Sunday, 6 February 2011


Ratting such as the API and ACEA standards refer to the oil's quality. For grade , SAE ( Society of Automotive Engineers ) is the organization that grades engine oils according to their kinematic viscosity rating that describe the oil's function and viscosity standard.

( Association of European Car Manufacturers ) standards have three categories : A - for petrol engines . B - for diesel engines and E for commercial diesel engines.Levels of lubricants performance are expressed by a following number :1 for the fuel-economy,2 for standard performance and 3 for high performance and / or extended drain. Example : A1 describes fuel-economy petrol engine oil, A3 describes high-performance petrol engine oil.

( American Petroleum Institute ) oil performance standard is expressed by two latters. The first letter indicates
whether the oil os for petrol (s) with `s' ( meaning Service category) or diesel (c) with `C' ( meaning Comercial category ) engines. The second letter special the level of technical performance within the relevant group : A for the minimum level for both petrol and diesel, and J (petrol) and F diesel for thr highest level. High performance engine oil must meet API SL standards which is indicative of the oils having standard levels of anti-wear additives, detergents and dispersants. `SM' is the current top grade, which recently replaced `SL' `SM' is basically an upgrade version of the `SL' oil that has been tested more vigorously.
There are two general grades of motor oils i.e single grade and multi -grade. Single grade oils are usually used when the operating temperature is relatively stable ( or for specific applications), meaning they cannot meet both winter and summer requirements. For applications where the temperature range is not very wide, such as in lawn mowers, single grade oils will suffice.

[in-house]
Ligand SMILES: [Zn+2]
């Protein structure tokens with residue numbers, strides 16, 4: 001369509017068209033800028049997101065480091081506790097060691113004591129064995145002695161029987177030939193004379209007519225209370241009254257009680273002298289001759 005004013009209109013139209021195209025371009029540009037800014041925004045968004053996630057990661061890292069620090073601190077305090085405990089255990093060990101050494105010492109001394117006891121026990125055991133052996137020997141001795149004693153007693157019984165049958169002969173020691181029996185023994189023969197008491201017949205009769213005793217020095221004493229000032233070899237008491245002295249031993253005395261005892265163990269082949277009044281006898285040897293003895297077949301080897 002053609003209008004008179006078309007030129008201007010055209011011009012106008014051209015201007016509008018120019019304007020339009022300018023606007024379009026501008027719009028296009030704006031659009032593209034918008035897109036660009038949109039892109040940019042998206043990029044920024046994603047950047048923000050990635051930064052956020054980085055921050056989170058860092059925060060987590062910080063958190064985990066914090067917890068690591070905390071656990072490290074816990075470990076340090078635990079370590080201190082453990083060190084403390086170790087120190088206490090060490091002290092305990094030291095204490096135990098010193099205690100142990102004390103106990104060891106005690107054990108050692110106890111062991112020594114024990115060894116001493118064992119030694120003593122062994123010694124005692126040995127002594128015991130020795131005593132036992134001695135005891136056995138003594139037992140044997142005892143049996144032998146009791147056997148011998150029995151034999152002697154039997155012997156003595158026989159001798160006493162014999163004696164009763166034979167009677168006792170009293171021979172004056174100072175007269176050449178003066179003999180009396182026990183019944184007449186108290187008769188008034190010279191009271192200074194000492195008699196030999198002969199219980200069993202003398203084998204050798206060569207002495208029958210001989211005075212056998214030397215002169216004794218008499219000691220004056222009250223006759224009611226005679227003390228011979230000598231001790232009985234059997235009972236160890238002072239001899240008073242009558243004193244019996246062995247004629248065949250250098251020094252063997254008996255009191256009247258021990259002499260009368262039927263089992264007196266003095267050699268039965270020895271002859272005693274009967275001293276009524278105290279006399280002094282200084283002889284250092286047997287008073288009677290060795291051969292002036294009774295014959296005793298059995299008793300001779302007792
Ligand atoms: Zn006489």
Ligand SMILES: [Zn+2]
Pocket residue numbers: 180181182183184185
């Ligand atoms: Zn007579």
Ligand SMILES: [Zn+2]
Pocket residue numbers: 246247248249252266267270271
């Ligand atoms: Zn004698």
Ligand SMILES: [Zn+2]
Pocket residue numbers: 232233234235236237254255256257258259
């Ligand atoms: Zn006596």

Multi -grade oils are made by adding viscosity index(VI) improver additives (oil-soluble organic polymer )to single-weight oils to improve th temperature range. VI is simply the measureof oils thickness and ability ti flow at certain temperatures when it is subject to heat. The benefits of adding VI improvers are the reduce viscosity
changes with temperature , reduce fuel consumption and allow easy cold starts. These oils are thin enough to work at cold temperature and safe enough to work at high temperatures ( 212 degrees test point ).

Multi-grade are given two numbers-the first number represents the base stock weight followed by the letter W (winter). "W" grade oils are defined by their ability to flow and lubricate at cold start up, 0W (-35 C) ,5W (-30C),10W (-20C), 15W (-15C),20W (-5C), the lower (low viscosity) this number, the more fluid (thinner) at low temperature , the easier th engine start. The second number represents the high temperature viscosity rating :30(+30C), 40 ( +40C) and 50 (+50C). The higher ( high viscosity ) this number , the less the oil will thin when hot, which means it will hold without breaking down at high temperatures.

The thicker an oil is, the higher its viscosity and vice versa. High viscosity oil would get in cold temperature if additives are not added to thinner single-weight base stock for good low temperature pour performance.
A VI improver is akin to a very long string which at low temperatures is tightly coiled into a small ball that floats in the oil with little effect on th oil's viscosity . However, at high temperature this ball expand, uncoils and encloses a larger volume of oil within its structure. This effectively prevents the oil from thinning because of the greater volume taken up by the expanded balls if VI improver molecules.